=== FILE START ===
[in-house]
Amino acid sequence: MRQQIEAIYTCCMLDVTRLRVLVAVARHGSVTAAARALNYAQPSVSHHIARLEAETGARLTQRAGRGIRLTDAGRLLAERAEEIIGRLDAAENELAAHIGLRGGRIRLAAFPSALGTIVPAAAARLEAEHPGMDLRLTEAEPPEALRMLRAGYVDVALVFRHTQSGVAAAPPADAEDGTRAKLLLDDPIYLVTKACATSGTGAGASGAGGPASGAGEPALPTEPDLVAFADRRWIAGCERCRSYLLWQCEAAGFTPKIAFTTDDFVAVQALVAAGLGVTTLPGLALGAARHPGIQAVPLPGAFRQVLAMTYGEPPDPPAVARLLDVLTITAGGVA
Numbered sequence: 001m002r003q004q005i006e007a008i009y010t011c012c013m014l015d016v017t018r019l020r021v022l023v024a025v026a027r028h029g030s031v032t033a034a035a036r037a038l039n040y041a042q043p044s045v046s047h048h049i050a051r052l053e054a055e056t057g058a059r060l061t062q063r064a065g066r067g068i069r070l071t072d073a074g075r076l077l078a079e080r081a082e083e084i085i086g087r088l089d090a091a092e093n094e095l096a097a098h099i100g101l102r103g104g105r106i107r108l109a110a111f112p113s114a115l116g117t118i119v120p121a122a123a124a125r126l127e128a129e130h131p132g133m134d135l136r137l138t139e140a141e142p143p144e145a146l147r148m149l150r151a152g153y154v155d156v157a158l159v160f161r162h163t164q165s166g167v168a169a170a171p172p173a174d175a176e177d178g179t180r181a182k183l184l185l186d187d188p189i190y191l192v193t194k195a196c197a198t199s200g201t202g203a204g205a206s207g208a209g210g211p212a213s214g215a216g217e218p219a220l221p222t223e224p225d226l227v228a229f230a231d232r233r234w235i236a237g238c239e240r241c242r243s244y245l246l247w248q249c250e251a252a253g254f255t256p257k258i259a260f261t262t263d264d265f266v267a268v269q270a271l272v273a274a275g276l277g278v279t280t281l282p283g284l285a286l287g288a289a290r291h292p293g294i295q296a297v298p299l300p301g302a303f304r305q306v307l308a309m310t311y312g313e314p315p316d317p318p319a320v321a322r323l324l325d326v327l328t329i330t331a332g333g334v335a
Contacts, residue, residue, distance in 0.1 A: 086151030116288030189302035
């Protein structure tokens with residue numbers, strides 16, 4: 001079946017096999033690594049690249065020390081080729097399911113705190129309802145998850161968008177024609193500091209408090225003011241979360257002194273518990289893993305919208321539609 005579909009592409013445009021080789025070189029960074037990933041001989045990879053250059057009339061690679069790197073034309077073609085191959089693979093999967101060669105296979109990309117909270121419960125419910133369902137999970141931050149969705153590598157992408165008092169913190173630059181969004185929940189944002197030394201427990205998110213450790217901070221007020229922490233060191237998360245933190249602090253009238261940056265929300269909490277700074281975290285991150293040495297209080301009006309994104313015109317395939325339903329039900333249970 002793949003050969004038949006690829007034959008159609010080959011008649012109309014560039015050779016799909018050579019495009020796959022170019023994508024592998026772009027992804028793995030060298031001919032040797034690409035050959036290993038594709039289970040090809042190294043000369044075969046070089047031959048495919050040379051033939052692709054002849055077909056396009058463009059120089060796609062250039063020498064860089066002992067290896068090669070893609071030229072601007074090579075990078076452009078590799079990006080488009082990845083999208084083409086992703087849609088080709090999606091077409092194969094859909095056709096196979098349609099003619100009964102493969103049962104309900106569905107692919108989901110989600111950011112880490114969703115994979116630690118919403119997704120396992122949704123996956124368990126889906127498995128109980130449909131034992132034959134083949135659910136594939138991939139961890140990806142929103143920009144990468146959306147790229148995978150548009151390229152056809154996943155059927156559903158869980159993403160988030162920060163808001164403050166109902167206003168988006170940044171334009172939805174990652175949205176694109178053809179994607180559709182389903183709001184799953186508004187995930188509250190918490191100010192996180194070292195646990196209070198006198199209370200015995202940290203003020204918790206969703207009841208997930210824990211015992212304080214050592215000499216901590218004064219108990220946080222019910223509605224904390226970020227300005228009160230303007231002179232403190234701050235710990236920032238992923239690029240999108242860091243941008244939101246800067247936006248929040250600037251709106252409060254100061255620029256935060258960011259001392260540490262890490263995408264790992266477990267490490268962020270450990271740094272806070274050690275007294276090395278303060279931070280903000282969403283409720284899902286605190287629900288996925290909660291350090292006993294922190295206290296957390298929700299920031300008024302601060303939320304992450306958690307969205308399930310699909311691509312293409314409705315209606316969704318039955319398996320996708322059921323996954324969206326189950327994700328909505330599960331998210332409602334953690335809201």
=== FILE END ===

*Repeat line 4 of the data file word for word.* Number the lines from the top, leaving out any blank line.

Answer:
Contacts, residue, residue, distance in 0.1 A: 086151030116288030189302035